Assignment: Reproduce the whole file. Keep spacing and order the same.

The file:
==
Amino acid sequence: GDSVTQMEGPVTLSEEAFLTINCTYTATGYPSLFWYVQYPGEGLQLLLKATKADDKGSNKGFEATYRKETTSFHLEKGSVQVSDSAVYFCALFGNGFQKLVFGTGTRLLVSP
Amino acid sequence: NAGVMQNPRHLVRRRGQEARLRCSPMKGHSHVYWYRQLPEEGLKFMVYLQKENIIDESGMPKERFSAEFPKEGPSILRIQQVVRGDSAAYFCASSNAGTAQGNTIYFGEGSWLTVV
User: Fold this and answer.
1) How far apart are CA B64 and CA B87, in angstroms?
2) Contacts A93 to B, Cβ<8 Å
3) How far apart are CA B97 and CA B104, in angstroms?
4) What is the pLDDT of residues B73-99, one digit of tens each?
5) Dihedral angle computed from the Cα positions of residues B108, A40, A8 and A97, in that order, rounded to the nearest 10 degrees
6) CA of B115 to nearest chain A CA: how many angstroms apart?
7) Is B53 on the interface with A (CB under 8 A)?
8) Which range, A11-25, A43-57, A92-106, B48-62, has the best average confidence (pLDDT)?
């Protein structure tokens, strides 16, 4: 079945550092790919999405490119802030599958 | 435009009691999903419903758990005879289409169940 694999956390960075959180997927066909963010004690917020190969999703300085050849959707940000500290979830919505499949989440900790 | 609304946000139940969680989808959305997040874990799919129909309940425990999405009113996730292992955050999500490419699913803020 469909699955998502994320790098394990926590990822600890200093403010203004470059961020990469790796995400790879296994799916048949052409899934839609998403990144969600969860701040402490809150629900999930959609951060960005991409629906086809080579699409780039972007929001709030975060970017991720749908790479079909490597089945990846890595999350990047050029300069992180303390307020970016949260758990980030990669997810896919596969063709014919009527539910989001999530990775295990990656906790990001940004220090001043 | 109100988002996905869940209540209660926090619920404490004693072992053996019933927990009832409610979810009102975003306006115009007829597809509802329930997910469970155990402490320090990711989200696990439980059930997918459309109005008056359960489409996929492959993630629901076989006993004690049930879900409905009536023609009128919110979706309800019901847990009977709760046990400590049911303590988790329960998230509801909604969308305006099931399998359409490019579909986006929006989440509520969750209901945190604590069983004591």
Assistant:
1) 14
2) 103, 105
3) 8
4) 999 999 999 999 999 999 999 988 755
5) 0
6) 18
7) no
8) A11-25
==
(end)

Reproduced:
Amino acid sequence: GDSVTQMEGPVTLSEEAFLTINCTYTATGYPSLFWYVQYPGEGLQLLLKATKADDKGSNKGFEATYRKETTSFHLEKGSVQVSDSAVYFCALFGNGFQKLVFGTGTRLLVSP
Amino acid sequence: NAGVMQNPRHLVRRRGQEARLRCSPMKGHSHVYWYRQLPEEGLKFMVYLQKENIIDESGMPKERFSAEFPKEGPSILRIQQVVRGDSAAYFCASSNAGTAQGNTIYFGEGSWLTVV
User: Fold this and answer.
1) How far apart are CA B64 and CA B87, in angstroms?
2) Contacts A93 to B, Cβ<8 Å
3) How far apart are CA B97 and CA B104, in angstroms?
4) What is the pLDDT of residues B73-99, one digit of tens each?
5) Dihedral angle computed from the Cα positions of residues B108, A40, A8 and A97, in that order, rounded to the nearest 10 degrees
6) CA of B115 to nearest chain A CA: how many angstroms apart?
7) Is B53 on the interface with A (CB under 8 A)?
8) Which range, A11-25, A43-57, A92-106, B48-62, has the best average confidence (pLDDT)?
């Protein structure tokens, strides 16, 4: 079945550092790919999405490119802030599958 | 435009009691999903419903758990005879289409169940 694999956390960075959180997927066909963010004690917020190969999703300085050849959707940000500290979830919505499949989440900790 | 609304946000139940969680989808959305997040874990799919129909309940425990999405009113996730292992955050999500490419699913803020 469909699955998502994320790098394990926590990822600890200093403010203004470059961020990469790796995400790879296994799916048949052409899934839609998403990144969600969860701040402490809150629900999930959609951060960005991409629906086809080579699409780039972007929001709030975060970017991720749908790479079909490597089945990846890595999350990047050029300069992180303390307020970016949260758990980030990669997810896919596969063709014919009527539910989001999530990775295990990656906790990001940004220090001043 | 109100988002996905869940209540209660926090619920404490004693072992053996019933927990009832409610979810009102975003306006115009007829597809509802329930997910469970155990402490320090990711989200696990439980059930997918459309109005008056359960489409996929492959993630629901076989006993004690049930879900409905009536023609009128919110979706309800019901847990009977709760046990400590049911303590988790329960998230509801909604969308305006099931399998359409490019579909986006929006989440509520969750209901945190604590069983004591």
Assistant:
1) 14
2) 103, 105
3) 8
4) 999 999 999 999 999 999 999 988 755
5) 0
6) 18
7) no
8) A11-25